Social isolation is tied to a 26% increased risk of dementia and loss of brain volume in areas linked to cognition, a long-term study finds. The results highlight the crucial role social connections may have in helping older adults remain healthy, investigators reported in the journal Neurology.
The study followed more than 460,000 older adults for nearly 12 years prior to the pandemic. Nine percent of participants reported being socially isolated and 6% reported feeling lonely. Overall, 4,998, or about 1.1%, developed dementia.
Loneliness was not strongly correlated with developing dementia. But when compared with their socially connected peers, those who reported social isolation were more likely to receive a dementia diagnosis. Those individuals also had reduced brain matter in regions tied to learning and thinking. The findings were adjusted for factors such as age, sex, socioeconomic status, lifestyle factors linked to health and conditions such as depression and loneliness.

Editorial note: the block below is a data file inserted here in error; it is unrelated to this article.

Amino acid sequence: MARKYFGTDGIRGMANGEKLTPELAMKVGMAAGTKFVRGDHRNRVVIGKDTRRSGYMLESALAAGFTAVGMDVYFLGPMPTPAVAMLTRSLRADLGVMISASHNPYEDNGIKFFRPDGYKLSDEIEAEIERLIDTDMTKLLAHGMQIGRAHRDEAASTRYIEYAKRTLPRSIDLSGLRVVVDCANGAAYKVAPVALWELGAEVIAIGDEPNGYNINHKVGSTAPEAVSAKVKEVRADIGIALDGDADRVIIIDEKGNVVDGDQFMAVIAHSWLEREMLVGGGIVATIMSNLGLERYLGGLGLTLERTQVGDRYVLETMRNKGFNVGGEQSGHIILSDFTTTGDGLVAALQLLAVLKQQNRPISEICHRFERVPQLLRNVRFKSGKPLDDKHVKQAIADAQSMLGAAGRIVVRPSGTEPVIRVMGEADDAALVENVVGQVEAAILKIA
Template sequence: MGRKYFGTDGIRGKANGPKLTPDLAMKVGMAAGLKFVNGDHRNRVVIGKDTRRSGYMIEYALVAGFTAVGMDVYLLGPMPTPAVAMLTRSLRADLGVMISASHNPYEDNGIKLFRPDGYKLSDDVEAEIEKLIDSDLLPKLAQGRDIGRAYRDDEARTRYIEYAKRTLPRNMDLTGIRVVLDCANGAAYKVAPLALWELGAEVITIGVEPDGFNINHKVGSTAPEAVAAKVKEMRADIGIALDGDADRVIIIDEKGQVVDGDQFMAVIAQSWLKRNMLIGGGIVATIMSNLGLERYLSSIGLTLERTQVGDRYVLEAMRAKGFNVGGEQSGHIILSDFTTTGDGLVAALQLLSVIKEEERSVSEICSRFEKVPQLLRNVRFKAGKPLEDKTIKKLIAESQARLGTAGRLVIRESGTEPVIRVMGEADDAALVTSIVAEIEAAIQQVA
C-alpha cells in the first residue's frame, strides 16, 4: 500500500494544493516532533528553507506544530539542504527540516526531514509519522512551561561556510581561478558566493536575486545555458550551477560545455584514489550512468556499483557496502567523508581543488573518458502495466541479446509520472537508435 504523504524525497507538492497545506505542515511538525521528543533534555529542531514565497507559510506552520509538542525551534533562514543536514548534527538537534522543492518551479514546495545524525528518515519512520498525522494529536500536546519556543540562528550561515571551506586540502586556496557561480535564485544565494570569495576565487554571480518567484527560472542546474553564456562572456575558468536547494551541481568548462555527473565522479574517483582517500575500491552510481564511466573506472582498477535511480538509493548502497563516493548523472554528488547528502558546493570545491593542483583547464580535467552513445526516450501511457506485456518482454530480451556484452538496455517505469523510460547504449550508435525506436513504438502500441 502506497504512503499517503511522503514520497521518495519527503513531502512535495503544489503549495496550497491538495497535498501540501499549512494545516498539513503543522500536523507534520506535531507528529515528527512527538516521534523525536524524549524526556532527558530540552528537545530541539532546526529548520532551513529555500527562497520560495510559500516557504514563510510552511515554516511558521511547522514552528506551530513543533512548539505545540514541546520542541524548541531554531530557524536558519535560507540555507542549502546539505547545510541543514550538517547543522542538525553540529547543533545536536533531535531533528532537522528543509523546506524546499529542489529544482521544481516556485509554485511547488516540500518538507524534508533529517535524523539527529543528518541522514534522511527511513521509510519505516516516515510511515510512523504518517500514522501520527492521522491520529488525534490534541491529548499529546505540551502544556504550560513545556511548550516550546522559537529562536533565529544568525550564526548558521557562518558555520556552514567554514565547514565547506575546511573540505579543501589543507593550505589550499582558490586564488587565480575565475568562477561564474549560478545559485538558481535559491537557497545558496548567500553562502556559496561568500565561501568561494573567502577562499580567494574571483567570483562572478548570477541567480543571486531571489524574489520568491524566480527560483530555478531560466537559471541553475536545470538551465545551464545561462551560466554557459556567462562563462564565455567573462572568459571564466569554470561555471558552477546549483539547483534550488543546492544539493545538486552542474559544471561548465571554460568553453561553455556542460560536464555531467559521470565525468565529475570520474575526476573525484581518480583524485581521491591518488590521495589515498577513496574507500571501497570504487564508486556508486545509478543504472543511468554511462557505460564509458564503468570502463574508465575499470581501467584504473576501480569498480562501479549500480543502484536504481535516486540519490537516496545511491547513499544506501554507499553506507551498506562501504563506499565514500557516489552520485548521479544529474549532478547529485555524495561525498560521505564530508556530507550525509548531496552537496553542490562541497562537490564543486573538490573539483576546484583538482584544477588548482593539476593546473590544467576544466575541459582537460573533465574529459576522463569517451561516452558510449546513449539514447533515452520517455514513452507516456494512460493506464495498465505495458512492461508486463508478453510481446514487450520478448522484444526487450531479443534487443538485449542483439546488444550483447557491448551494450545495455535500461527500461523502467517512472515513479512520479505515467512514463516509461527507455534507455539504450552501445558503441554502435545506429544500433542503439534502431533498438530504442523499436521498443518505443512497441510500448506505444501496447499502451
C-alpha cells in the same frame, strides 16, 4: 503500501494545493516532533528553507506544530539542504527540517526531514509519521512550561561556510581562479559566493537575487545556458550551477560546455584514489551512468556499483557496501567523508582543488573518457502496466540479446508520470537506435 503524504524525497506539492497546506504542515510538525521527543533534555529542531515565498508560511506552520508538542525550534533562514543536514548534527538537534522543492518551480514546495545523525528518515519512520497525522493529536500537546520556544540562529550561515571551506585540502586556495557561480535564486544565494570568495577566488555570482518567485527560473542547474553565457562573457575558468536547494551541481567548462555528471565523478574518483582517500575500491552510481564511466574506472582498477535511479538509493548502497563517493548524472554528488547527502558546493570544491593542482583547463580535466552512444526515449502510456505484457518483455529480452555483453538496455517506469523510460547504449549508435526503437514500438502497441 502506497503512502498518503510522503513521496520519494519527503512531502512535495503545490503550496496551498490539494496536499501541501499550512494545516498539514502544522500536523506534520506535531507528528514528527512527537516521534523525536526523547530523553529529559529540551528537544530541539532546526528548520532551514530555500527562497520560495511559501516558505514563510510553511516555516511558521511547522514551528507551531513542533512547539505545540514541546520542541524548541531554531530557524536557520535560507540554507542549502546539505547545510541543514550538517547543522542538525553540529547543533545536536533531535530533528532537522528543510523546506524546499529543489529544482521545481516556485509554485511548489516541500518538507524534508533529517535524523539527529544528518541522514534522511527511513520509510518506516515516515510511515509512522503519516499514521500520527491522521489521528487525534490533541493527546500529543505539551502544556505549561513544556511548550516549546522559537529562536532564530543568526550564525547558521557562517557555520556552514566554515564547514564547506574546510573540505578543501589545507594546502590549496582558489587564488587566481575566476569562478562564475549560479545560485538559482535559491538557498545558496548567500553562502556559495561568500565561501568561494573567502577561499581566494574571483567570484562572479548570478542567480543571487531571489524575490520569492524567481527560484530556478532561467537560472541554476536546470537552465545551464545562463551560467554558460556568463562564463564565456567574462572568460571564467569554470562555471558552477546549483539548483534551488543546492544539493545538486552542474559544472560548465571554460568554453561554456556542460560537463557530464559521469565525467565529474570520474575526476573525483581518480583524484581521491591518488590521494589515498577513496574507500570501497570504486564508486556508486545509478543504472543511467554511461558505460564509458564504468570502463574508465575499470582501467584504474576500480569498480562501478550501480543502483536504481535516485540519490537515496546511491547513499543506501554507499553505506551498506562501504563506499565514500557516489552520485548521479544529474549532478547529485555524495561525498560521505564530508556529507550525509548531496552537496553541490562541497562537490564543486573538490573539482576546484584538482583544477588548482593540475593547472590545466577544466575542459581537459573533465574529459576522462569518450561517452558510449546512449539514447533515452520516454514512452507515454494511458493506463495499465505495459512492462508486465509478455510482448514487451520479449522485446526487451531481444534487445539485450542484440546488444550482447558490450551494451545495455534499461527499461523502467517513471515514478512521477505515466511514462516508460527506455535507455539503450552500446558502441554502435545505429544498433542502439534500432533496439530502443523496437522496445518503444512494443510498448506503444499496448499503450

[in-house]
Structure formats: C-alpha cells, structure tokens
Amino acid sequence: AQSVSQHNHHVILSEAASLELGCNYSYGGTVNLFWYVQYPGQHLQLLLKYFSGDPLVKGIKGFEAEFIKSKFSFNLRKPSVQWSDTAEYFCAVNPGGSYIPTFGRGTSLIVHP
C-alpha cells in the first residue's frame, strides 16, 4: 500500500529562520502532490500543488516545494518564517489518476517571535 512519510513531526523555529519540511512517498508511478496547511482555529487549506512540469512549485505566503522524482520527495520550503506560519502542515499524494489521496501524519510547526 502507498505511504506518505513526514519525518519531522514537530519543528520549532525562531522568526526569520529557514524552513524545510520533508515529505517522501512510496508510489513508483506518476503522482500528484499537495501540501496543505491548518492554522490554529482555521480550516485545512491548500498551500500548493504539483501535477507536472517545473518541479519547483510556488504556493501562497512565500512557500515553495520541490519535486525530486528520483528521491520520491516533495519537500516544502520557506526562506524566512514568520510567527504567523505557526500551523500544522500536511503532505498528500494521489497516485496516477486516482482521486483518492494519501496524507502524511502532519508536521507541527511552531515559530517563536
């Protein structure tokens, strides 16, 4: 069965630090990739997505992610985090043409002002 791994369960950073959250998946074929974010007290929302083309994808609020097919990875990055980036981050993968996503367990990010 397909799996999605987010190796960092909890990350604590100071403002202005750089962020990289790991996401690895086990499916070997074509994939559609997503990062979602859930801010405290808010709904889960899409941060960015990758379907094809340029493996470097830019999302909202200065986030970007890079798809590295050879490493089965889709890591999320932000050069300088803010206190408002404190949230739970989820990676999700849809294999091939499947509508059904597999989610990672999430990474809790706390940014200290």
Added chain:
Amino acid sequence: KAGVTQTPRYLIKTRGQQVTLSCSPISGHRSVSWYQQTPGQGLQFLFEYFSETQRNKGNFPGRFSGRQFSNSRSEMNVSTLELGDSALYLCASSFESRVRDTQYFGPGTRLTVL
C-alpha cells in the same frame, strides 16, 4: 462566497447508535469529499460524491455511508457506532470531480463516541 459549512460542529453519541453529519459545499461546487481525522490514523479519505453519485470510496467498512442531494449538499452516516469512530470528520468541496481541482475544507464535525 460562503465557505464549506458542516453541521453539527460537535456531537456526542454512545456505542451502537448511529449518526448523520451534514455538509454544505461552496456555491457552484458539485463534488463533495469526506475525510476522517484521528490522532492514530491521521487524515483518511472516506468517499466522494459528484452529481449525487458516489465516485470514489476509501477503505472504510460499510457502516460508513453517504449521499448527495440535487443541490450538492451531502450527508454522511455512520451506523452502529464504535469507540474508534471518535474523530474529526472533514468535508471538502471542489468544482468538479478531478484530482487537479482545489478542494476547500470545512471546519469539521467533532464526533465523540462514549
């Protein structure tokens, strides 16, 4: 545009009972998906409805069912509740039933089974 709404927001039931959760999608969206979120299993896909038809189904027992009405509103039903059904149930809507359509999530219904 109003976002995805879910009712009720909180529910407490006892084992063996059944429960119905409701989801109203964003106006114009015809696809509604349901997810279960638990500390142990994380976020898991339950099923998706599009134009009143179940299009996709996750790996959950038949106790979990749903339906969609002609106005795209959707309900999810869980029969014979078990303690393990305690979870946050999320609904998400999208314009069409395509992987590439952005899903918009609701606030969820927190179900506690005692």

“Given the findings of this study, social isolation may be an early indicator of an increased risk of dementia,” theorized Jianfeng Feng, Ph.D., of Fudan University in Shanghai, China.
With pandemic conditions cutting off many seniors’ social networks, “it’s more important than ever to identify people who are socially isolated and provide resources to help them make connections in their community,” he said in a statement.
Natural loss with aging
Adults are known to gradually lose brain volume with age, with the volume and/or weight declining at a rate of around 5% per decade after age 40, according to prior research. Older adults also are more likely to experience other brain diseases, including stroke and white matter lesions. It is widely accepted by experts that aiming for a healthy mental and physical life may help slow, and in some cases prevent, those changes.
The study was published online in the journal Neurology.